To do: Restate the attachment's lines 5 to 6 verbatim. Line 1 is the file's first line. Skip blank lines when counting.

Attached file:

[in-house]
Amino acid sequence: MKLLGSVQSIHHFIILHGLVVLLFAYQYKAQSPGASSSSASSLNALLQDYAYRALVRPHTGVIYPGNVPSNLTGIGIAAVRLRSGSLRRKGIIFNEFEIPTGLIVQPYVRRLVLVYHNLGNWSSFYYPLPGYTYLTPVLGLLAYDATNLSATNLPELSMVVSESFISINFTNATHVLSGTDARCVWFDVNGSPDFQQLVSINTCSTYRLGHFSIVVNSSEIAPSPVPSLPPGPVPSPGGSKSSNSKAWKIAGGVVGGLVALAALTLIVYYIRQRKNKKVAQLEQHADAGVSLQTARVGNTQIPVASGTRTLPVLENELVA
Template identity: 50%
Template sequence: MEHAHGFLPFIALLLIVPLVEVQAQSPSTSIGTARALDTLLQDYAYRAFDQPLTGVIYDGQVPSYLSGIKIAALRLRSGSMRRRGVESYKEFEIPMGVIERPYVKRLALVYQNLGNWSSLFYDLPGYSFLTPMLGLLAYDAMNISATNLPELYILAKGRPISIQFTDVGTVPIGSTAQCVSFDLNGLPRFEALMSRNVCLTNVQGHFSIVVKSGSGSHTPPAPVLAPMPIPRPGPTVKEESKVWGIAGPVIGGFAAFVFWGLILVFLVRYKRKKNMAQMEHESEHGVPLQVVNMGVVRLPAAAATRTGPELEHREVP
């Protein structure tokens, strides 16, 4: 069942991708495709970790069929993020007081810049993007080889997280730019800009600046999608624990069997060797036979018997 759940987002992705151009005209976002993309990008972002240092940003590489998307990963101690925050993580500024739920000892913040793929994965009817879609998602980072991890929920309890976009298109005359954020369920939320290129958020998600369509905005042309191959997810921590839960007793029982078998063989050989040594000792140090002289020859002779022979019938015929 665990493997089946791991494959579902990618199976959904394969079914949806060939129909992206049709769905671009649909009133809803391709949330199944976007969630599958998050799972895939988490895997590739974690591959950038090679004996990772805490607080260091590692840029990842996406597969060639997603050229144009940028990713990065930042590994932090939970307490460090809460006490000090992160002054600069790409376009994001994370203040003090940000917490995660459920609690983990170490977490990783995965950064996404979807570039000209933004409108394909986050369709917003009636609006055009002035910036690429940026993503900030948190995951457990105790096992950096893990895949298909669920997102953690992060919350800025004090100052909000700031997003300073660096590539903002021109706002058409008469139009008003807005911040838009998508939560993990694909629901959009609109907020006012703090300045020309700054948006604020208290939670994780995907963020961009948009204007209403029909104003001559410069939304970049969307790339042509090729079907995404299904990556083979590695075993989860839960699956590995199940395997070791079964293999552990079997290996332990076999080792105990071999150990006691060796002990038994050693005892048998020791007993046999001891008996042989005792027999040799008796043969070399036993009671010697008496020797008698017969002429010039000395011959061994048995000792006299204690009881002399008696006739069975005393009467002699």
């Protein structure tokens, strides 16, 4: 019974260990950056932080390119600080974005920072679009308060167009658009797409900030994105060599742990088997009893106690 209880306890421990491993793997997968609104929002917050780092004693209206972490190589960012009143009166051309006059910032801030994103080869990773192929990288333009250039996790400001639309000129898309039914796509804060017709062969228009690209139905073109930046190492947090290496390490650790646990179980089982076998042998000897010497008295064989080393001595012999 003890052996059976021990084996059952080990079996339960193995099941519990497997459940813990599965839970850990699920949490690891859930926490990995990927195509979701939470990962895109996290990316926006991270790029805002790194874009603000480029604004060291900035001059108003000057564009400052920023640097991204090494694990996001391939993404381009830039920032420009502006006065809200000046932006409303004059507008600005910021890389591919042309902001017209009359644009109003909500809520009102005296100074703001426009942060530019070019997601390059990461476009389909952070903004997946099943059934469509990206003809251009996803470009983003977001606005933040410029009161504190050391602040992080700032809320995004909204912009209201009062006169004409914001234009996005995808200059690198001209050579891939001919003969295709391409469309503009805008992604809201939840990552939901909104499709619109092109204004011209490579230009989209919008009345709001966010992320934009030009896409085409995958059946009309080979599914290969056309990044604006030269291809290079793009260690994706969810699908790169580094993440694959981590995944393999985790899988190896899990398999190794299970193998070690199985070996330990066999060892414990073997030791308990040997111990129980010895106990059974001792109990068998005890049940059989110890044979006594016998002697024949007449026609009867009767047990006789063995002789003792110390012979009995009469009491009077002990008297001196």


């Protein structure tokens, strides 16, 4: 069942991708495709970790069929993020007081810049993007080889997280730019800009600046999608624990069997060797036979018997 759940987002992705151009005209976002993309990008972002240092940003590489998307990963101690925050993580500024739920000892913040793929994965009817879609998602980072991890929920309890976009298109005359954020369920939320290129958020998600369509905005042309191959997810921590839960007793029982078998063989050989040594000792140090002289020859002779022979019938015929 665990493997089946791991494959579902990618199976959904394969079914949806060939129909992206049709769905671009649909009133809803391709949330199944976007969630599958998050799972895939988490895997590739974690591959950038090679004996990772805490607080260091590692840029990842996406597969060639997603050229144009940028990713990065930042590994932090939970307490460090809460006490000090992160002054600069790409376009994001994370203040003090940000917490995660459920609690983990170490977490990783995965950064996404979807570039000209933004409108394909986050369709917003009636609006055009002035910036690429940026993503900030948190995951457990105790096992950096893990895949298909669920997102953690992060919350800025004090100052909000700031997003300073660096590539903002021109706002058409008469139009008003807005911040838009998508939560993990694909629901959009609109907020006012703090300045020309700054948006604020208290939670994780995907963020961009948009204007209403029909104003001559410069939304970049969307790339042509090729079907995404299904990556083979590695075993989860839960699956590995199940395997070791079964293999552990079997290996332990076999080792105990071999150990006691060796002990038994050693005892048998020791007993046999001891008996042989005792027999040799008796043969070399036993009671010697008496020797008698017969002429010039000395011959061994048995000792006299204690009881002399008696006739069975005393009467002699």
């Protein structure tokens, strides 16, 4: 019974260990950056932080390119600080974005920072679009308060167009658009797409900030994105060599742990088997009893106690 209880306890421990491993793997997968609104929002917050780092004693209206972490190589960012009143009166051309006059910032801030994103080869990773192929990288333009250039996790400001639309000129898309039914796509804060017709062969228009690209139905073109930046190492947090290496390490650790646990179980089982076998042998000897010497008295064989080393001595012999 003890052996059976021990084996059952080990079996339960193995099941519990497997459940813990599965839970850990699920949490690891859930926490990995990927195509979701939470990962895109996290990316926006991270790029805002790194874009603000480029604004060291900035001059108003000057564009400052920023640097991204090494694990996001391939993404381009830039920032420009502006006065809200000046932006409303004059507008600005910021890389591919042309902001017209009359644009109003909500809520009102005296100074703001426009942060530019070019997601390059990461476009389909952070903004997946099943059934469509990206003809251009996803470009983003977001606005933040410029009161504190050391602040992080700032809320995004909204912009209201009062006169004409914001234009996005995808200059690198001209050579891939001919003969295709391409469309503009805008992604809201939840990552939901909104499709619109092109204004011209490579230009989209919008009345709001966010992320934009030009896409085409995958059946009309080979599914290969056309990044604006030269291809290079793009260690994706969810699908790169580094993440694959981590995944393999985790899988190896899990398999190794299970193998070690199985070996330990066999060892414990073997030791308990040997111990129980010895106990059974001792109990068998005890049940059989110890044979006594016998002697024949007449026609009867009767047990006789063995002789003792110390012979009995009469009491009077002990008297001196």